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Sitting Is A Silent Killer

Updated: Nov 23, 2022

If you read enough of my blog articles, you will probably hear a lot about the importance of non-exercise activity thermogenesis, or "NEAT," for weight maintenance and weight loss.

"NEAT" refers to the entirety of your physical activity over an entire day, not including any purposeful exercise (if you exercise).

This includes everything from walking to the store from your car to fidgeting, even texting on your phone. NEAT makes up most of the calories you burn in a day. Because it is most of your day, it is also the place where you can make the most significant impact on the number of calories you burn in a day.

NEAT is one of the most crucial yet often one of the most ignored components of a successful weight management program. There is a large amount of evidence about the critical role NEAT plays in weight regulation. Still, there is growing scientific evidence about the role it plays in long-term health. Here's an interesting study that was done on the subject.

The Study

There was an analysis done in 1992 by the American Cancer Society to learn about cancer incidence and mortality. The study was drawn from 123,216 participants. This research was done on healthy individuals with no personal history of cancer, heart attack, stroke, lung disease, and many other lifestyle factors.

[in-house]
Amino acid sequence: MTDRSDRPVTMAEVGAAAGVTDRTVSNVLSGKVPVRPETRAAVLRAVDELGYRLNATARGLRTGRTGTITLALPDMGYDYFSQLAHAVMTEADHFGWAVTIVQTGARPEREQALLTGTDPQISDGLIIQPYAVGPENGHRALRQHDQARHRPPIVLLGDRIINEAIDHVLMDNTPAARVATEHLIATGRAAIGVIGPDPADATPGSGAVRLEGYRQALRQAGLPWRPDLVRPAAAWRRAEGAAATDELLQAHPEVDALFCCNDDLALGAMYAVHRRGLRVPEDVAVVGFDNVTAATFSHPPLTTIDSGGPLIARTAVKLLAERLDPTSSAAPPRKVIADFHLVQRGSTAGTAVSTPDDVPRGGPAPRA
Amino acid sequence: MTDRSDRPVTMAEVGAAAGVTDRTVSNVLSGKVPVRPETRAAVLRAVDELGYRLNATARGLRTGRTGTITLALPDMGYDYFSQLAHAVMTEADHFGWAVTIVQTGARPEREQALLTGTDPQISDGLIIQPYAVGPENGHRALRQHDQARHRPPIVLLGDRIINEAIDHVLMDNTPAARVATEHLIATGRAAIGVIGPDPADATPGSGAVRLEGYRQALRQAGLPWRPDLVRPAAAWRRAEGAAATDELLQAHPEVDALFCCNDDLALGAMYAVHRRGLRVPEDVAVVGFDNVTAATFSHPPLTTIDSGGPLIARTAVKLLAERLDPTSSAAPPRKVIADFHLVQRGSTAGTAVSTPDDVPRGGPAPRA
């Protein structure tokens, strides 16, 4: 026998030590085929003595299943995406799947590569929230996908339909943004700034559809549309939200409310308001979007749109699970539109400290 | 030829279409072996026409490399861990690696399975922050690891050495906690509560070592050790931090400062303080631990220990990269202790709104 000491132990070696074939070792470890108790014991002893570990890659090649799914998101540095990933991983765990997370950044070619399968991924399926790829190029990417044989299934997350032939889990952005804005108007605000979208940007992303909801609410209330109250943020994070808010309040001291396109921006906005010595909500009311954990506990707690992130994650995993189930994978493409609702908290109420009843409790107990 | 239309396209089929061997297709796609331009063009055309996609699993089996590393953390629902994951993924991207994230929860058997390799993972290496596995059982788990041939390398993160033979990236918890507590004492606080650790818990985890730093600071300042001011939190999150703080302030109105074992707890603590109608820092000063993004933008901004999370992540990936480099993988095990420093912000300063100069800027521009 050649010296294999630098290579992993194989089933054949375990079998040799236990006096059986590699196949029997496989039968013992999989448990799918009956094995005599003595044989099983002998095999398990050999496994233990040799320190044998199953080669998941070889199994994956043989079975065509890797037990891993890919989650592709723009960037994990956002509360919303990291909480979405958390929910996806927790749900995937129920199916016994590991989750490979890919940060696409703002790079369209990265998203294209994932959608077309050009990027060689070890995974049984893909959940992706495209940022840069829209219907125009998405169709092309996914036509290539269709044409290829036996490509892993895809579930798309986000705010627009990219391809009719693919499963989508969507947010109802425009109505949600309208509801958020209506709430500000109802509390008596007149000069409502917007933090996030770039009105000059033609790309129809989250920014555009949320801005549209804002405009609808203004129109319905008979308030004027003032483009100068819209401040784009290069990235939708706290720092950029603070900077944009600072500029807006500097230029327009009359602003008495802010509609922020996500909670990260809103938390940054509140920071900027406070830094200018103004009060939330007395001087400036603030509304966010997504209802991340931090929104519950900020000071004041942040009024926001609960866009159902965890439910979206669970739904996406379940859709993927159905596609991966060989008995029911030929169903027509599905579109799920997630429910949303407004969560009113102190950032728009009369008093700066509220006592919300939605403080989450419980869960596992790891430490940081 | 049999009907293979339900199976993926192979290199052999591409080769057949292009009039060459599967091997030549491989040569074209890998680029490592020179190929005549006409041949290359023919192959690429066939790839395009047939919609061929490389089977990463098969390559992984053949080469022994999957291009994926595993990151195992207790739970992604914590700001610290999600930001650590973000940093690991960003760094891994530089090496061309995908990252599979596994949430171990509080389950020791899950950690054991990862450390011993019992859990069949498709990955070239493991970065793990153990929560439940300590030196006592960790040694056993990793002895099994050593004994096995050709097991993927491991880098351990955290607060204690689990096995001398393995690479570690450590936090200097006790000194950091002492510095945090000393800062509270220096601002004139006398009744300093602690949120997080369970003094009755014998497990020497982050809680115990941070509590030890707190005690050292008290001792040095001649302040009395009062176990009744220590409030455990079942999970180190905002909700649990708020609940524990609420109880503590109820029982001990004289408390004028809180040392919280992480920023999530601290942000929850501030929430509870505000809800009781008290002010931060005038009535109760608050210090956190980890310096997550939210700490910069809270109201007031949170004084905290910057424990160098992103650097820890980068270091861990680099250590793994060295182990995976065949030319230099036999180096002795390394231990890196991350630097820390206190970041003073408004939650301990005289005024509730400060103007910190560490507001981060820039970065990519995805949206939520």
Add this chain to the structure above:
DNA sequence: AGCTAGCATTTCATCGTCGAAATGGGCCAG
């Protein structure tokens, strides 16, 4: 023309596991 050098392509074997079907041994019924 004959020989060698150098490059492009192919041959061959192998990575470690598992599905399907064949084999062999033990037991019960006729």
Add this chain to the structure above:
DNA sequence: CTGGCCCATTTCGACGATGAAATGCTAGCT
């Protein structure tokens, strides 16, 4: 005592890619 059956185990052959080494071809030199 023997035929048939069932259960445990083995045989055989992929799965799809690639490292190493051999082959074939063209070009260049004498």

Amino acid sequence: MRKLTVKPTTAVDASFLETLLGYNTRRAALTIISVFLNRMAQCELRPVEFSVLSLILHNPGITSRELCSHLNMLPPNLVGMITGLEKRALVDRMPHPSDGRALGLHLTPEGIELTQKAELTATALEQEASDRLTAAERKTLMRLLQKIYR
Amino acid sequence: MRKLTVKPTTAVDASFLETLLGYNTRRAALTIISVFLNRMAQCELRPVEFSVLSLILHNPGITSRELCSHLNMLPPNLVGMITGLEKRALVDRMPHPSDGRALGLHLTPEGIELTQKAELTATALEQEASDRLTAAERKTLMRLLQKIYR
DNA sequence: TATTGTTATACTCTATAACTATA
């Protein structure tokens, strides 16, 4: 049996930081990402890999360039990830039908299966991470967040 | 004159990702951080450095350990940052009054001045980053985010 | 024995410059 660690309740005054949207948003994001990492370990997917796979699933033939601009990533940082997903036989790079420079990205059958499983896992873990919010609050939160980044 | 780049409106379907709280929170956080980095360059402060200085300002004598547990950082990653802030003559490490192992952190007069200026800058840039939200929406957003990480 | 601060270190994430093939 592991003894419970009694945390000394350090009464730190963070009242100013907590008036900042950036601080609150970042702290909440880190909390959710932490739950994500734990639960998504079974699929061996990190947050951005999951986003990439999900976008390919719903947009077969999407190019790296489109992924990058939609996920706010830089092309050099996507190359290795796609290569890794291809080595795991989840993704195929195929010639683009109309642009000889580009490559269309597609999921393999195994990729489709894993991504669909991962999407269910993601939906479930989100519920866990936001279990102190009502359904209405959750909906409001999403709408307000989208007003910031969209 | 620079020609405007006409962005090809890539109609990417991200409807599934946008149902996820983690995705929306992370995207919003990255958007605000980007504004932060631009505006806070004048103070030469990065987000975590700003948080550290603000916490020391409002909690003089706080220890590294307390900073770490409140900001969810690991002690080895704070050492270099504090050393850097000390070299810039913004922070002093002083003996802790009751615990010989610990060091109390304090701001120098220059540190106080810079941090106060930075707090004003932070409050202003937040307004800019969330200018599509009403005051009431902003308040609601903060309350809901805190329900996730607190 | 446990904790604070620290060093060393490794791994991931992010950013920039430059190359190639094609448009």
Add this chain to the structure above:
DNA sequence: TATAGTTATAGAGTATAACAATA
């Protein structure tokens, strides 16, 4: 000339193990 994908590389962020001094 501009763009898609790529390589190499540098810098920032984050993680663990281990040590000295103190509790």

The researchers' outcome was the death of any cause occurring between 1 year after the enrollment into the study and December 31, 2006. The participants answered a questionnaire before being included in the survey, which asked them various questions helping the scientists narrow down who would qualify for the study.

One of these questions asked how much time they spent sitting, as well as physical activity levels. Sitting time was described as 0 to less than 3 hours per day, 3-5 hours per day, and 6+ hours per day. Hours spent in recreational physical activity were classified into different categories as well.

The scientists analyzed the relationships between sitting time, physical activity, and death rates. They also adjusted for factors that can affect the risk of death (such as BMI, which is an indicator of body weight).

Silent Killer

During the study, 11,307 males and 7,923 females died. The scientists found that time spent sitting was associated with all-cause mortality in both males and females. This is even after they made adjustments for other factors that could have affected mortality.

These results were utterly identical even after adjustments for leisure-time physical activity levels were made.

This means that extended periods of sitting were associated with a greater risk of death, even if the people engaged in purposeful exercise during their leisure time.

The mixture of long sitting times and low physical activity had the most significant association with mortality.

Female subjects who sat for 6 or more hours per day and engaged in less than 24.5 hours of activity per week had a 94% greater risk of death.

Males in the same category had a 48% greater risk of death.

The scientists then broke the results down by BMI to see if the effects were specific to a particular BMI class (average weight, obese, or overweight).

They found that low physical activity and extensive sitting time were significantly associated with mortality in all classes, regardless of BMI.

Let me say that again.

They found that low physical activity and extensive sitting time were significantly associated with mortality in all classes, regardless of BMI.